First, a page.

Imagine a childhood disease that affects one in five girls and one in seven
boys before they reach 18 (Finkelhor & Dziuba-Leatherman, 1994): a disease
that can cause dramatic mood swings, erratic behavior, and even severe
conduct disorders among those exposed; a disease that breeds distrust of
adults and undermines the possibility of experiencing normal sexual
relationships; a disease that can have profound implications for an
individual's future health by increasing the risk of problems such as
substance abuse, sexually transmitted diseases, and suicidal behavior
(Crowell & Burgess, 1996); a disease that replicates itself by causing some
of its victims to expose future generations to its debilitating effects.
Imagine what we, as a society, would do if such a disease existed. We would
spare no expense. We would invest heavily in basic and applied research. We
would devise systems to identify those affected and provide services to
treat them. We would develop and broadly implement prevention campaigns to
protect our children. Wouldn't we?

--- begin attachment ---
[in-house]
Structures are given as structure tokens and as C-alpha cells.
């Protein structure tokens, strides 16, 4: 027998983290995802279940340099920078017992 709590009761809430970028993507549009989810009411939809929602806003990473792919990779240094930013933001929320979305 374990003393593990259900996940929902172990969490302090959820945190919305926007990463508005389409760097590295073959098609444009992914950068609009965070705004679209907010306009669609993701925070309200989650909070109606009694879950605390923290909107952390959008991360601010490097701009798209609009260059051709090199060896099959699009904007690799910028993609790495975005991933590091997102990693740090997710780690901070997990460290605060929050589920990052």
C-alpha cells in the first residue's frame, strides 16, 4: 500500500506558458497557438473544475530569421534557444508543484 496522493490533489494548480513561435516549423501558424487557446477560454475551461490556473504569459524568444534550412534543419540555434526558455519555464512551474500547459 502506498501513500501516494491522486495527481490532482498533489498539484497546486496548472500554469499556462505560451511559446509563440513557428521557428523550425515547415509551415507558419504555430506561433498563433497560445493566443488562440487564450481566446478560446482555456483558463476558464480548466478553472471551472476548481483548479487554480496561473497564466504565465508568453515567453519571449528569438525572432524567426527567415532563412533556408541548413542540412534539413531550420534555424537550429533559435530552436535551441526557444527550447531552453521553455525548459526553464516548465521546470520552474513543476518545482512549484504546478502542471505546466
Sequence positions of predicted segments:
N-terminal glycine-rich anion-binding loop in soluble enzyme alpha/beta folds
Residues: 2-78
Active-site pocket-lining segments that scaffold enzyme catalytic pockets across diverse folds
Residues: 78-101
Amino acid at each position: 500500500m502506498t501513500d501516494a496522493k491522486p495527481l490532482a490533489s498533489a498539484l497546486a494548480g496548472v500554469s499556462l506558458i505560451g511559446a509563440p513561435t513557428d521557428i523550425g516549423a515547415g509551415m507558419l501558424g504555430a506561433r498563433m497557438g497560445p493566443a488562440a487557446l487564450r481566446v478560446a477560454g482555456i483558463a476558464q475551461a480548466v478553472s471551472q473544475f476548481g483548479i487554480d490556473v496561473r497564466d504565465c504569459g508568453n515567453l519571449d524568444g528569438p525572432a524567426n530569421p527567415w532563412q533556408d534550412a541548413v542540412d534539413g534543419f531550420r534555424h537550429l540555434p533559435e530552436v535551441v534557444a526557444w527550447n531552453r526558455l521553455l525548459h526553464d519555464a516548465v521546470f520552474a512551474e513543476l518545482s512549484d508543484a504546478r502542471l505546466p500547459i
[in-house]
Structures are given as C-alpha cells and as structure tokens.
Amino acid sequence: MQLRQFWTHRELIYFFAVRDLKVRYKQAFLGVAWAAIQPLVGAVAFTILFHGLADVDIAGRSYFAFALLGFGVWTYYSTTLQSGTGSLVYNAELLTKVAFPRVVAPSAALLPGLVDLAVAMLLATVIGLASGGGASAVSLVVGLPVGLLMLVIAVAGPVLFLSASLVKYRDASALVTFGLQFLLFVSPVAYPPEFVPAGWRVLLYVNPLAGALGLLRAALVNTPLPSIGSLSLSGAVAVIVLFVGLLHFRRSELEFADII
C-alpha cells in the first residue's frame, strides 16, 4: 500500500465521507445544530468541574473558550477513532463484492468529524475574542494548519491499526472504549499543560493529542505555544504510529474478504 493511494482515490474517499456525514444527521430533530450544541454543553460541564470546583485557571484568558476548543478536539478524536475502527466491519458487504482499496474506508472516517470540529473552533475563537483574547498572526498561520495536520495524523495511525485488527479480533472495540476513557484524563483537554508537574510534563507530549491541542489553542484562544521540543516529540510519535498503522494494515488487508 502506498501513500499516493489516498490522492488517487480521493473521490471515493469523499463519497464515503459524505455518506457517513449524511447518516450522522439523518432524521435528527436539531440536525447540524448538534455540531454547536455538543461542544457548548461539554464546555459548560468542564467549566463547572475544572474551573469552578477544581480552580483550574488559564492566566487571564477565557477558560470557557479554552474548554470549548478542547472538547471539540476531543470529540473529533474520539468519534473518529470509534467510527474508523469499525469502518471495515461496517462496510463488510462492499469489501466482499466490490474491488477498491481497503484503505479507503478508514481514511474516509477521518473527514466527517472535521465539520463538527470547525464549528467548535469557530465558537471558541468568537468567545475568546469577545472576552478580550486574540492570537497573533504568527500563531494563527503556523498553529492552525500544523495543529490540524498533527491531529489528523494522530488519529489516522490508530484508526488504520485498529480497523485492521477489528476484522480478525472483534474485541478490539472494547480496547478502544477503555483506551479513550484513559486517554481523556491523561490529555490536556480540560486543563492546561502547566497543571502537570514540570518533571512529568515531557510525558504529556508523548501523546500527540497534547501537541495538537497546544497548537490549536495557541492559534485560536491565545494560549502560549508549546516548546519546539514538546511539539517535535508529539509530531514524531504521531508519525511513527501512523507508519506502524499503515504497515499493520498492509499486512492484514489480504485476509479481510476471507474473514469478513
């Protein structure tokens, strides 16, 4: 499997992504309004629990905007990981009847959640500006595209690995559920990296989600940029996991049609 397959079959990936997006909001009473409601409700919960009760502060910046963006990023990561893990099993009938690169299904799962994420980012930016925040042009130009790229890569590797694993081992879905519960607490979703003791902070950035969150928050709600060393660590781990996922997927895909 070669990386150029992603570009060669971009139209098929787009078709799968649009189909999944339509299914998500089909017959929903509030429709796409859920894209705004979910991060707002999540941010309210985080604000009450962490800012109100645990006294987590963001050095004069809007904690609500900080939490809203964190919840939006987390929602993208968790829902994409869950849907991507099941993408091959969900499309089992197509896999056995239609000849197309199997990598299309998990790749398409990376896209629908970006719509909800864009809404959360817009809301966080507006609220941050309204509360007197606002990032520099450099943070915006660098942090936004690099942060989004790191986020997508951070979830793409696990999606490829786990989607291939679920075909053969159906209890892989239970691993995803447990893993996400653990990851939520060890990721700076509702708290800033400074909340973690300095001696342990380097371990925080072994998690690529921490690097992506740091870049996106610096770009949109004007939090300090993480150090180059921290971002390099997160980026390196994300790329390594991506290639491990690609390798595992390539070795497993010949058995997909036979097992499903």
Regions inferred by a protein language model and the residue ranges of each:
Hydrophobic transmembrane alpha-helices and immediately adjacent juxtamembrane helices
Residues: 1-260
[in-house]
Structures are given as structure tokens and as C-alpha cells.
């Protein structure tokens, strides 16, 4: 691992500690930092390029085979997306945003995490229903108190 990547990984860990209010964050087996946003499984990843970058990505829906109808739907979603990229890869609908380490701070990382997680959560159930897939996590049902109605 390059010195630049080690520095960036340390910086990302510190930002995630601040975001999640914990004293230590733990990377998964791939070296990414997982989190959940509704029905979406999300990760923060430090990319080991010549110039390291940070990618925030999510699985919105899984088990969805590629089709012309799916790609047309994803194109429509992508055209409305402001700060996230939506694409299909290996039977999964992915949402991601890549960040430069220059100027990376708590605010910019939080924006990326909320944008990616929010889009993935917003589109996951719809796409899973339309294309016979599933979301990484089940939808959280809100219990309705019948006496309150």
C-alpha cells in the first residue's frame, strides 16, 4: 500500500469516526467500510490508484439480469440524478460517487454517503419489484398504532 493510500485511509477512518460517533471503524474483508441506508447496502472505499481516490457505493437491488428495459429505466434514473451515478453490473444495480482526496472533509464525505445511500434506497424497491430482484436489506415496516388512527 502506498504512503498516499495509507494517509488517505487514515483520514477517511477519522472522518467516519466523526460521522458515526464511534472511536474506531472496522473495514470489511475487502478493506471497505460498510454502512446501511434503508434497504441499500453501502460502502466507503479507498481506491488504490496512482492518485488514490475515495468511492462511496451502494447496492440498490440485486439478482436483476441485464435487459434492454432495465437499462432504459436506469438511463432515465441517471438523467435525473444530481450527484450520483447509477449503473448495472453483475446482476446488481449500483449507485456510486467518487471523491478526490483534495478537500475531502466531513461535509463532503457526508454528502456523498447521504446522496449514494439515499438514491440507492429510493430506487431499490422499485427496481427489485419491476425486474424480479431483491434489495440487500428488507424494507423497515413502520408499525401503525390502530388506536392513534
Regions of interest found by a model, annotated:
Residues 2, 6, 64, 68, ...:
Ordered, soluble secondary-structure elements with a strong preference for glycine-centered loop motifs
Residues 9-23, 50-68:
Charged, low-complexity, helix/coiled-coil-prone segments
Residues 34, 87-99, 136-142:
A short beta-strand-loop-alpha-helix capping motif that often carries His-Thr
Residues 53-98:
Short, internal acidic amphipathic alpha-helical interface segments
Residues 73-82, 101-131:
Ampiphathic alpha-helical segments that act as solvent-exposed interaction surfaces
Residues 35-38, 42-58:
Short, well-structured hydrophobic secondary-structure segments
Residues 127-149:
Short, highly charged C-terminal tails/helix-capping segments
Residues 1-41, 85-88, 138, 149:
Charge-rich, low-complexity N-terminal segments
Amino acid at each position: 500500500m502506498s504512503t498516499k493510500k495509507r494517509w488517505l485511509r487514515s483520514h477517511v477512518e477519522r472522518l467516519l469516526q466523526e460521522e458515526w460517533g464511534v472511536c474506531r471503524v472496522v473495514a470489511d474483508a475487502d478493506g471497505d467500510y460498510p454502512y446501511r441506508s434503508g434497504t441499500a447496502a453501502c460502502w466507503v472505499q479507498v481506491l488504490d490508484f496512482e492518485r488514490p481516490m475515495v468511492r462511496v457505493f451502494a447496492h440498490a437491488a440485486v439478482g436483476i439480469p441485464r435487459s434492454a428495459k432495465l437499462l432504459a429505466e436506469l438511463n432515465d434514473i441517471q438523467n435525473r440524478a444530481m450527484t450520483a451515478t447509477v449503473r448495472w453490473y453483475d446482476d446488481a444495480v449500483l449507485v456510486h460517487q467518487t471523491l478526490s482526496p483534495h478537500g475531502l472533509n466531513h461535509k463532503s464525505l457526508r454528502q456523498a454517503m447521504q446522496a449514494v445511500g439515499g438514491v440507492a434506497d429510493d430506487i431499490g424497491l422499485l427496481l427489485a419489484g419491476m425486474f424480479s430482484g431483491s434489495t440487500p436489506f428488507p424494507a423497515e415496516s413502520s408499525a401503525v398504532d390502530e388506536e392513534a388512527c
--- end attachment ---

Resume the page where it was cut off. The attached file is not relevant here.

Such a disease does exist—it’s called child sexual abuse. Our response,
however, has been far from the full-court press reserved for traditional
diseases or health concerns of equal or even lesser magnitude. Perhaps the
perception of sexual abuse as a law enforcement problem or our discomfort in
confronting sexual issues contributes to our complacency. Whatever the
reason, we have severely underestimated the effects of this problem on our
children's health and quality of life.
Excerpted from a commentary by Dr. James Mercy’s, a researcher with the
Center for Disease Control and Prevention: Mercy, J. A. (1999). Having New
Eyes: Viewing Child Sexual Abuse as a Public Health Problem. *Sexual Abuse:
A Journal of Research and Treatment, 11*(4), 317-321.